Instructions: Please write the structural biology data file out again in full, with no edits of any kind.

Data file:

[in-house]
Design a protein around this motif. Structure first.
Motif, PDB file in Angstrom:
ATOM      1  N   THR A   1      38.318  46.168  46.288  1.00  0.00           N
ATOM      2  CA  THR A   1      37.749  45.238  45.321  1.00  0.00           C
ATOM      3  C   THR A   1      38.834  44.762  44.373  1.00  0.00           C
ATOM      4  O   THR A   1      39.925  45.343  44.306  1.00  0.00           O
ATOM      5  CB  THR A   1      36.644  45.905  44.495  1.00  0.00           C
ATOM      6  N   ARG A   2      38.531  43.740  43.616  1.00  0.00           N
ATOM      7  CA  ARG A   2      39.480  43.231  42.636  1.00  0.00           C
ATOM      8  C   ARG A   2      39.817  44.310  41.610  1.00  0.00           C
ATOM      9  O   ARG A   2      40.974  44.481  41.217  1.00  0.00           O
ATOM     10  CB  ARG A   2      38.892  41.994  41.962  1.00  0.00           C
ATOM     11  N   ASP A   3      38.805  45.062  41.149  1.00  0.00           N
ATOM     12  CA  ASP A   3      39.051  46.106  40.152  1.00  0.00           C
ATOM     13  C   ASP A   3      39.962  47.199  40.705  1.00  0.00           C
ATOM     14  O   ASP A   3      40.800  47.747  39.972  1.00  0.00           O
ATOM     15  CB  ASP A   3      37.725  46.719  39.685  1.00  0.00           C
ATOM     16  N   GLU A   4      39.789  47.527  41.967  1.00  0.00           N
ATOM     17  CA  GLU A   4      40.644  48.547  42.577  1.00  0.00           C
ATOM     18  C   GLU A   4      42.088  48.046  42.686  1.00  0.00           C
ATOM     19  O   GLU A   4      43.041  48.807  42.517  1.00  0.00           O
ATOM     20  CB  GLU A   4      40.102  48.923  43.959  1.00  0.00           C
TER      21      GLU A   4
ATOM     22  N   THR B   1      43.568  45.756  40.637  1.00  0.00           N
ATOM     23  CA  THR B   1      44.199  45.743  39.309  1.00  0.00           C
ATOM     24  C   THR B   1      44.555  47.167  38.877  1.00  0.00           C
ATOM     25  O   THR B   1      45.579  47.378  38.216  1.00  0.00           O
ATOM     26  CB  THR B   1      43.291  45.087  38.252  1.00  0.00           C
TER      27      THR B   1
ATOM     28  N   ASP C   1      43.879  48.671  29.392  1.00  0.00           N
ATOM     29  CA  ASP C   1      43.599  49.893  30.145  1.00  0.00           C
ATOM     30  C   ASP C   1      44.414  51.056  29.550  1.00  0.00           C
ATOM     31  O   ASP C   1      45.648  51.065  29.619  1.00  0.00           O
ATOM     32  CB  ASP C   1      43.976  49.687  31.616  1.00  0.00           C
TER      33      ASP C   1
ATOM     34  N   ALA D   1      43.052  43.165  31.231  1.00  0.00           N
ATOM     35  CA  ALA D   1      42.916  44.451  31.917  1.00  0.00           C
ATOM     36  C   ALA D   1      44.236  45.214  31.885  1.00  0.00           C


[in-house]
Design a protein around this motif. Structure first.
Motif, PDB file in Angstrom:
ATOM      1  N   THR A   1      38.318  46.168  46.288  1.00  0.00           N
ATOM      2  CA  THR A   1      37.749  45.238  45.321  1.00  0.00           C
ATOM      3  C   THR A   1      38.834  44.762  44.373  1.00  0.00           C
ATOM      4  O   THR A   1      39.925  45.343  44.306  1.00  0.00           O
ATOM      5  CB  THR A   1      36.644  45.905  44.495  1.00  0.00           C
ATOM      6  N   ARG A   2      38.531  43.740  43.616  1.00  0.00           N
ATOM      7  CA  ARG A   2      39.480  43.231  42.636  1.00  0.00           C
ATOM      8  C   ARG A   2      39.817  44.310  41.610  1.00  0.00           C
ATOM      9  O   ARG A   2      40.974  44.481  41.217  1.00  0.00           O
ATOM     10  CB  ARG A   2      38.892  41.994  41.962  1.00  0.00           C
ATOM     11  N   ASP A   3      38.805  45.062  41.149  1.00  0.00           N
ATOM     12  CA  ASP A   3      39.051  46.106  40.152  1.00  0.00           C
ATOM     13  C   ASP A   3      39.962  47.199  40.705  1.00  0.00           C
ATOM     14  O   ASP A   3      40.800  47.747  39.972  1.00  0.00           O
ATOM     15  CB  ASP A   3      37.725  46.719  39.685  1.00  0.00           C
ATOM     16  N   GLU A   4      39.789  47.527  41.967  1.00  0.00           N
ATOM     17  CA  GLU A   4      40.644  48.547  42.577  1.00  0.00           C
ATOM     18  C   GLU A   4      42.088  48.046  42.686  1.00  0.00           C
ATOM     19  O   GLU A   4      43.041  48.807  42.517  1.00  0.00           O
ATOM     20  CB  GLU A   4      40.102  48.923  43.959  1.00  0.00           C
TER      21      GLU A   4
ATOM     22  N   THR B   1      43.568  45.756  40.637  1.00  0.00           N
ATOM     23  CA  THR B   1      44.199  45.743  39.309  1.00  0.00           C
ATOM     24  C   THR B   1      44.555  47.167  38.877  1.00  0.00           C
ATOM     25  O   THR B   1      45.579  47.378  38.216  1.00  0.00           O
ATOM     26  CB  THR B   1      43.291  45.087  38.252  1.00  0.00           C
TER      27      THR B   1
ATOM     28  N   ASP C   1      43.879  48.671  29.392  1.00  0.00           N
ATOM     29  CA  ASP C   1      43.599  49.893  30.145  1.00  0.00           C
ATOM     30  C   ASP C   1      44.414  51.056  29.550  1.00  0.00           C
ATOM     31  O   ASP C   1      45.648  51.065  29.619  1.00  0.00           O
ATOM     32  CB  ASP C   1      43.976  49.687  31.616  1.00  0.00           C
TER      33      ASP C   1
ATOM     34  N   ALA D   1      43.052  43.165  31.231  1.00  0.00           N
ATOM     35  CA  ALA D   1      42.916  44.451  31.917  1.00  0.00           C
ATOM     36  C   ALA D   1      44.236  45.214  31.885  1.00  0.00           C